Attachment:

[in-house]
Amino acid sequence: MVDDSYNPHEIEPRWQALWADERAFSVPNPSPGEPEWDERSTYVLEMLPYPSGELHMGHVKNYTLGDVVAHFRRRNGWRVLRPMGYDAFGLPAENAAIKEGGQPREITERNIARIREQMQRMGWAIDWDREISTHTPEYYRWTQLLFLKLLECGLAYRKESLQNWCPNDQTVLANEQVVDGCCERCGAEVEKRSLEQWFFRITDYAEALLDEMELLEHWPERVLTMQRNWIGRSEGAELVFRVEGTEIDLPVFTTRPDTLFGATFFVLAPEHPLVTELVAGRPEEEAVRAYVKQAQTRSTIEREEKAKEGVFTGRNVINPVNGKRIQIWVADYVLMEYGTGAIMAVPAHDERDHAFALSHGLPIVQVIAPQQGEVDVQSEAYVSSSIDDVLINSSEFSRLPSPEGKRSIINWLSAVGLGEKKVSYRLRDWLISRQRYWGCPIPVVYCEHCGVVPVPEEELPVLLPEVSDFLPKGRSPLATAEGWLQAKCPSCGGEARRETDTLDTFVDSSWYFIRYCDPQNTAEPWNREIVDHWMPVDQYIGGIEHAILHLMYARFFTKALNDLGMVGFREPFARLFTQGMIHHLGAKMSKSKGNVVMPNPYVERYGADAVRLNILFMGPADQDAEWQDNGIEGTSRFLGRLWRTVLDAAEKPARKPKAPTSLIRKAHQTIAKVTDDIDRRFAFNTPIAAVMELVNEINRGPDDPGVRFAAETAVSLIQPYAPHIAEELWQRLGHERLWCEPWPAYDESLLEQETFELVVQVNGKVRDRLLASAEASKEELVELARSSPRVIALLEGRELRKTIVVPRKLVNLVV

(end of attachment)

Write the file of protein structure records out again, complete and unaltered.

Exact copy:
[in-house]
Amino acid sequence: MVDDSYNPHEIEPRWQALWADERAFSVPNPSPGEPEWDERSTYVLEMLPYPSGELHMGHVKNYTLGDVVAHFRRRNGWRVLRPMGYDAFGLPAENAAIKEGGQPREITERNIARIREQMQRMGWAIDWDREISTHTPEYYRWTQLLFLKLLECGLAYRKESLQNWCPNDQTVLANEQVVDGCCERCGAEVEKRSLEQWFFRITDYAEALLDEMELLEHWPERVLTMQRNWIGRSEGAELVFRVEGTEIDLPVFTTRPDTLFGATFFVLAPEHPLVTELVAGRPEEEAVRAYVKQAQTRSTIEREEKAKEGVFTGRNVINPVNGKRIQIWVADYVLMEYGTGAIMAVPAHDERDHAFALSHGLPIVQVIAPQQGEVDVQSEAYVSSSIDDVLINSSEFSRLPSPEGKRSIINWLSAVGLGEKKVSYRLRDWLISRQRYWGCPIPVVYCEHCGVVPVPEEELPVLLPEVSDFLPKGRSPLATAEGWLQAKCPSCGGEARRETDTLDTFVDSSWYFIRYCDPQNTAEPWNREIVDHWMPVDQYIGGIEHAILHLMYARFFTKALNDLGMVGFREPFARLFTQGMIHHLGAKMSKSKGNVVMPNPYVERYGADAVRLNILFMGPADQDAEWQDNGIEGTSRFLGRLWRTVLDAAEKPARKPKAPTSLIRKAHQTIAKVTDDIDRRFAFNTPIAAVMELVNEINRGPDDPGVRFAAETAVSLIQPYAPHIAEELWQRLGHERLWCEPWPAYDESLLEQETFELVVQVNGKVRDRLLASAEASKEELVELARSSPRVIALLEGRELRKTIVVPRKLVNLVV